Initially, the Government Defendants argue that Plaintiff's claims are legally frivolous because he is attempting to use "commercial law theories" based on the Uniform Commercial Code to attack or otherwise challenge the execution of his criminal conviction and sentence, which simply has no foundation in the law. The Government Defendants argue, therefore, that the Complaint is indisputably meritless under Section 1915A(b)(1).

Federal courts have uniformly rejected similar arguments by prisoners-that based on the Uniform Commercial Code, their criminal convictions can be remedied by payment of a penal sum. See, e.g., United States v. Staten, Crim. No. 1:10-cr-00179, 2012 WL 2389871, *3 (M.D.Pa. June 25, 2012) (citing United States v. Ornelas, No. 05-cr-0321, 2010 WL 4663385, at *1 (S.D.Ala. Nov.9, 2010) ("Prisoners have sporadically attempted to foist such frivolous, irrational, unintelligible UCC-related arguments on federal district courts for years. Such efforts... have uniformly been rejected in summary fashion...."); Luster v. United States, No. 03-cr-52, 2010 WL 3927786, at *2 (M.D.Ga. Apr.12, 2010) ("Petitioner's references to the Uniform Commercial Code and commercial transactions provided no relief from his criminal conviction and sentence for bank robbery to which he pleaded guilty."); Black v. Florida, No. 09-cv-30, 2009 WL 1605410, at *3 (N.D.Fla.2009) ("Petitioner's use of language from the Uniform Commercial Code, inapplicable to criminal proceedings, is... unavailing."); United States v. Mitchell, 405 F.Supp.2d 602, 604 (D.Md.2005) ("[T]he U.C.C. has no bearing on criminal subject matter jurisdiction.")). See also Aragon v. Douglas County Courts, Civ. A. No. 12-cv-01074-BNB, 2012 WL 2196070, * 3 (D. Col. June 15, 2012) (rejecting prisoner's claim under UCC3-603 that if tender of payment of an obligation to pay an instrument is made to a person entitled to enforce the instrument and the tender is refused, there is discharge, to the extent of the amount of the tender, and holding the prisoner's sentence in his criminal case does not create a civil commercial transaction) (citing Beylik v. Estep, 377 F.Appx. 808, 812 (10th Cir. 2010)); United States v. Morrison, Crim. No. 07-0013-WS-B, 2013 WL 3974523, *1-2 (holding that defendant's criminal prosecution and judgment "is not and never has been a commercial transaction subject to the Uniform Commercial Code.... [and that t]he Government owes [defendant] nothing in connection with this prosecution, and his harassing notices of default' and similar absurd documents transmitted to the U.S. Attorney's Office entitle him to no relief whatsoever.") (collecting cases that have uniformly rejected similar arguments).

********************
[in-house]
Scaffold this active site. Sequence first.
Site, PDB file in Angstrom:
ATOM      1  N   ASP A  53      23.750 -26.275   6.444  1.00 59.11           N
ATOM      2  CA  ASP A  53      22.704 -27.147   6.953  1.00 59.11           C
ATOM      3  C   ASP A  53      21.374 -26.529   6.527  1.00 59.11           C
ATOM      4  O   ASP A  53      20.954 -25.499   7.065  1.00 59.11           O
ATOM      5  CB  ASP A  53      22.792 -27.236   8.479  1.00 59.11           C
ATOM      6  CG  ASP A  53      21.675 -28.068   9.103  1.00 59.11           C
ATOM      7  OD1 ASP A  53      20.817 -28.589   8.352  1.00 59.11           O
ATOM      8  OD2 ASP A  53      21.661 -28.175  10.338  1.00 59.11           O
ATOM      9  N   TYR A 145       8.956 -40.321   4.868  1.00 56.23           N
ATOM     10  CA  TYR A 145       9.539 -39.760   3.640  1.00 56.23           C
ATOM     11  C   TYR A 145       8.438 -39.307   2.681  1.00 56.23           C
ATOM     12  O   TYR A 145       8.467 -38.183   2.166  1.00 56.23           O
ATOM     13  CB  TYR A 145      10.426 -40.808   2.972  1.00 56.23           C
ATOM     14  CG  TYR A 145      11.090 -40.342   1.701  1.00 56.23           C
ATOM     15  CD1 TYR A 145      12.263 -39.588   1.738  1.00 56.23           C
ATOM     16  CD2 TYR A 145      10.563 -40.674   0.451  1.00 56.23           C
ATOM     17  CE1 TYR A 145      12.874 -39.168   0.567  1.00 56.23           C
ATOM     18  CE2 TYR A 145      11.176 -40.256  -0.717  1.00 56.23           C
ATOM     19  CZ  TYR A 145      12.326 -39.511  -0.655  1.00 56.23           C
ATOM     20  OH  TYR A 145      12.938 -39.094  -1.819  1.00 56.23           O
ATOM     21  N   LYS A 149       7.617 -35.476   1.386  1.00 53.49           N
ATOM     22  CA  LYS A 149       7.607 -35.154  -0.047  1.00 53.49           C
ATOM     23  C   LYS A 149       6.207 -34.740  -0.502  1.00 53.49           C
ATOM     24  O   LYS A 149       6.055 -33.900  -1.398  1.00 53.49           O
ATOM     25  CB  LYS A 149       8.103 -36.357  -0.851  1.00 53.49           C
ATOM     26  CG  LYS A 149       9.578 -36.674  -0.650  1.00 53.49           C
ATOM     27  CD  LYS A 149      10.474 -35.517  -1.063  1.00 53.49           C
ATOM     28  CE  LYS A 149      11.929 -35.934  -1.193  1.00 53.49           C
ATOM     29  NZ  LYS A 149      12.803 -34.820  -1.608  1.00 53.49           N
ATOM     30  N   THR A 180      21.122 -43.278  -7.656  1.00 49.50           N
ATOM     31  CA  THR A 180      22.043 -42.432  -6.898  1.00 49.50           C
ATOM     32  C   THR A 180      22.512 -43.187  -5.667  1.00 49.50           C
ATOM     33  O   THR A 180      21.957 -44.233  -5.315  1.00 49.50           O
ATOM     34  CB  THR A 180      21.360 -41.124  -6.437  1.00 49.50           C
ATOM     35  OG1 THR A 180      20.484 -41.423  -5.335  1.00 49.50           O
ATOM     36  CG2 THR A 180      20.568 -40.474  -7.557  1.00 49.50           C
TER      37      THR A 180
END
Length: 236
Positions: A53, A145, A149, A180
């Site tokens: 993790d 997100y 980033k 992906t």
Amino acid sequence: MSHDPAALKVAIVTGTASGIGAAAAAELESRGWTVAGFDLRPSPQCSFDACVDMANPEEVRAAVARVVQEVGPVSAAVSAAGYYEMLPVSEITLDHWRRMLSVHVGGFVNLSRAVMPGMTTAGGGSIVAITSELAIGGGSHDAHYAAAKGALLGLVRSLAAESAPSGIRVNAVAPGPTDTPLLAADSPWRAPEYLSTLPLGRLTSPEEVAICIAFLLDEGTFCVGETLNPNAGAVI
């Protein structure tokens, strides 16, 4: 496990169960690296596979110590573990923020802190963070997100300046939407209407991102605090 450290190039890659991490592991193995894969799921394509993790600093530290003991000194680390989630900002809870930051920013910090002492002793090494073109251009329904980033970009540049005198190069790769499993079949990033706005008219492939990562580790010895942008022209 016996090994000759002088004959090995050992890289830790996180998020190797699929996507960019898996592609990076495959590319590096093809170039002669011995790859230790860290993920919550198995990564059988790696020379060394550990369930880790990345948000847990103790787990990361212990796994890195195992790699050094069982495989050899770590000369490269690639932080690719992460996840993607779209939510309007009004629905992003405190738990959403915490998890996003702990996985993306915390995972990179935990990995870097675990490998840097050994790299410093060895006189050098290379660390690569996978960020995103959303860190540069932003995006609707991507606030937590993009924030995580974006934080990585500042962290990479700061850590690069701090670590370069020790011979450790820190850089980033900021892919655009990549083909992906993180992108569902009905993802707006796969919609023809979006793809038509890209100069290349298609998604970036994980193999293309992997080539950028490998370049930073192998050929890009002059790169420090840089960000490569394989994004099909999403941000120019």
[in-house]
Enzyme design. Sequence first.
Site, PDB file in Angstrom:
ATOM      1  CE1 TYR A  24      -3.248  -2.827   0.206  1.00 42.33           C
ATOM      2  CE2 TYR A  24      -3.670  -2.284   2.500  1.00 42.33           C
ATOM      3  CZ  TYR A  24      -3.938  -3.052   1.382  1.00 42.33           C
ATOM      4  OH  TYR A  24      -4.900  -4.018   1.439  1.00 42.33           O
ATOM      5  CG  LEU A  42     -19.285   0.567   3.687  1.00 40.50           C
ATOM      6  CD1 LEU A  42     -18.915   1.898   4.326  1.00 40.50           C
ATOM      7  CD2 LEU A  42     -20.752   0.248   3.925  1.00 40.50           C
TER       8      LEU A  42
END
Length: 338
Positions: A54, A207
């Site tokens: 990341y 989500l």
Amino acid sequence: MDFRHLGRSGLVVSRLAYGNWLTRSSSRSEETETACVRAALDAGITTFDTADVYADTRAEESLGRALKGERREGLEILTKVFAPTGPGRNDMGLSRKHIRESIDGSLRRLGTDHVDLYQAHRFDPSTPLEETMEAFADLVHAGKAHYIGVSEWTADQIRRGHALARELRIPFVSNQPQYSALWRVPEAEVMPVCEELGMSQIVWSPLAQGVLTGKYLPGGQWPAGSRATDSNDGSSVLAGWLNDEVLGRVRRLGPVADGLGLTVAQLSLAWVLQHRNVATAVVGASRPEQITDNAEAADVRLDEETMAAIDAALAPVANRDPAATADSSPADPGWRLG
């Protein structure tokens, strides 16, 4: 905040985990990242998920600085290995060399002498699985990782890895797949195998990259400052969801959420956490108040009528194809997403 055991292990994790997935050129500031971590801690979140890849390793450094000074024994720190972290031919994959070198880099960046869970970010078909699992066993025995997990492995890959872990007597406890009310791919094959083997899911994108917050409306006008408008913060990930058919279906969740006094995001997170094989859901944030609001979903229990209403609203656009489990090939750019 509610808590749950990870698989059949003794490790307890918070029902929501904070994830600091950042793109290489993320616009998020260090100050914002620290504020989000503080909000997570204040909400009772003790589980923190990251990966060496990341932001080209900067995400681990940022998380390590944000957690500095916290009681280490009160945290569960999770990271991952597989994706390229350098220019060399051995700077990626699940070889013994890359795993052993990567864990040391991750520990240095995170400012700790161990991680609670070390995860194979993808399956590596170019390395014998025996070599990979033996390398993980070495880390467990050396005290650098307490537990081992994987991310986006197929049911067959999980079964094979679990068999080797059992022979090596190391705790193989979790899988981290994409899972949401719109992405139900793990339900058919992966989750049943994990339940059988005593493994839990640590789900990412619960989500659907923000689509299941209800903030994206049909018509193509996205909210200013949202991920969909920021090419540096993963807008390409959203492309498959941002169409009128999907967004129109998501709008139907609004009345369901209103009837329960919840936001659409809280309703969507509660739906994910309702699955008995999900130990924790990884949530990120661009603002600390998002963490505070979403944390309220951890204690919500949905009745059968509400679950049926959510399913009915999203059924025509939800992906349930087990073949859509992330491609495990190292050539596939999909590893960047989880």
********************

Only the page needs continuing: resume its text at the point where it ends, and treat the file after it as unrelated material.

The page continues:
In Aragon, the court held that the plaintiff's sentence was "the result of a court's legitimate exercise of its power to impose punishment for proscribed criminal conduct[, ]" rather than a result of any alleged contract he may have signed with the defendants (consisting of county courts, the presiding judge, district attorney, state and federal attorney generals, and Secretary of the Treasury, to name a few). 2012 WL 2196070, at *3. Consequently, the Aragon court concluded that prisoner's "use of commercial law theories based on the U.C.C. to attack the execution of his criminal sentence simply has no foundation in our laws[, ]'" and dismissed the action pursuant to Section 1915A(b)(1) as indisputably meritless. Id. (quoting Harris v. Wands, 410 F.Appx. 145, 147 (10th Cir. 2011)). So too here, Mr. Ray's legal theory is indisputably meritless, as he is attempting to utilize commercial transaction law to discharge his sentence. As such, his Complaint is completely frivolous and should be dismissed pursuant to Section 1915A(b)(1).

The Government Defendants further argue that Mr. Ray's Complaint is barred by Heck v. Humphrey, 512 U.S. 477, 486-87 (1994), because if Mr. Ray prevailed on his claims regarding the government's failure to "set-off" or "close" his responsibility under his criminal drug conviction, his conviction and continued confinement would be called into question. The question addressed by the Supreme Court in Heck was whether a prisoner, whose conviction was upheld on direct appeal and on collateral review, may challenge the constitutionality of his conviction in a suit for damages under § 1983. Id. at 478. In rejecting the prisoner's § 1983 claims, the Heck Court held that: